All outcome measures, including those Chinese versions (SLOF, QPR, and ITAQ), were validated and found reliable and valid in Chinese psychotic patients.17,24,25 In addition, at the three post-tests, Five Facet Mindfulness Questionnaire (FFMQ) was used to assess the participants’ levels of performance or practices made on five components of mindfulness skills (observing, describing, performing with awareness, not giving judgment of inner experiences, and not over-reacting to these experiences).6 Its items were rated on a 5-point scale (1, “very rarely true” to 5, “always true”). The FFMQ indicated satisfactory internal consistency (Cronbach’s α=0.76–0.92) and predictive power to psychological well-being and symptoms.31


The MPGP consisted of 12 two-hour group sessions (12–15 patients per group) every 2 weeks (ie, totally 24 weeks). It was developed from the Kabat-Zinn’s MBSR program and modified for community mental health care service in Hong Kong.30 The content of a psychoeducation group intervention validated in Hong Kong Chinese psychotic patients by Chan et al32 and Chien and Bressington33 was also integrated into the MPGP. One trained psychiatric advanced practice nurse (with 5 years of psychiatric rehabilitation and 3 years of mindfulness group experiences) facilitated all the treatment groups in the two clinics. The mindfulness theory used in the MPGP targeted at enhancing patients’ awareness, acceptance, and management of their illness and psychotic symptoms; improving their insight into the illness/treatment; resolving the illness-related problems and their poor functioning, help-seeking, and self-care.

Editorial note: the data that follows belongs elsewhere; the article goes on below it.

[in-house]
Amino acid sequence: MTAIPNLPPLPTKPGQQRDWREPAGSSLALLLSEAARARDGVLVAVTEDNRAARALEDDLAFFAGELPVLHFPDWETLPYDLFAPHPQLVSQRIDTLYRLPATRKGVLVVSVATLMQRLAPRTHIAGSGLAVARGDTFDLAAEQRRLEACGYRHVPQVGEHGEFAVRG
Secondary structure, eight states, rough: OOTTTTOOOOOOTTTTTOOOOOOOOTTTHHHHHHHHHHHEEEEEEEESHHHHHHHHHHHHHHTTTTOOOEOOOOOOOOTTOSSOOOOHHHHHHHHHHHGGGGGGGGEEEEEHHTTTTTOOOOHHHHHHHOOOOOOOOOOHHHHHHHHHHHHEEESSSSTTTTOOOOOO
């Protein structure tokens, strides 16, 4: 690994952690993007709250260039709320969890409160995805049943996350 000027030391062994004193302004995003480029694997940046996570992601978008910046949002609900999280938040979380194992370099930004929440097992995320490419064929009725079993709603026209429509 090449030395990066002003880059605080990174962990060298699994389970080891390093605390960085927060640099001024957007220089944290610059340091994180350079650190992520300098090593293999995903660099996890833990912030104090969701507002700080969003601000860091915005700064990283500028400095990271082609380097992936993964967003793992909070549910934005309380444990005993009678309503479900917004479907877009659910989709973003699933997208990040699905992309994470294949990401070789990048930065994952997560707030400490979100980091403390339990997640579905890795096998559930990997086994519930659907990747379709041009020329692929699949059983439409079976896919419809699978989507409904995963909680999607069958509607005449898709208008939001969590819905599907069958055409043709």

The program contained seven domains, including 1) program overview and engagement; 2) enhancing awareness and understanding of bodily sensations, thoughts, and feelings regarding illness experiences or symptoms; 3) guided body awareness and mindful exercises and homework practices; 4) education workshop of illness (schizophrenia) management; 5) encountering with and controlling negative thoughts and perceptions, and life difficulties caused by symptoms, and practicing most effective problem-solving strategies; 6) behavioral rehearsals of means for relapse prevention; and 7) effective mindfulness practices, utilization of community support resources, and making realistic future plans. The MPGP could also promote an individual’s restructure of individual thoughts and emotions in specific traditional Chinese culture (beliefs and behaviors). For instance, during the early sessions, participants were encouraged to practice regularly (not less than twice daily and 20 minutes per practice) of focused attention of their bodily sensations, thoughts and feelings, and mindful exercises (on breathing and walking), in which the facilitator also focused on understanding their Chinese cultural beliefs/behaviors – strong interdependence, encouraging better mutual support, practicing expression of feelings openly, and exploring ways of looking at life situations among group members. Participants were also encouraged to cultivate an open/accepting attitude and positive thinking/responses to life problems and thus develop a “decentered” (passing events in mind) attitude on their thoughts/feelings.9,13 Details of the MPGP can be provided by the authors upon request.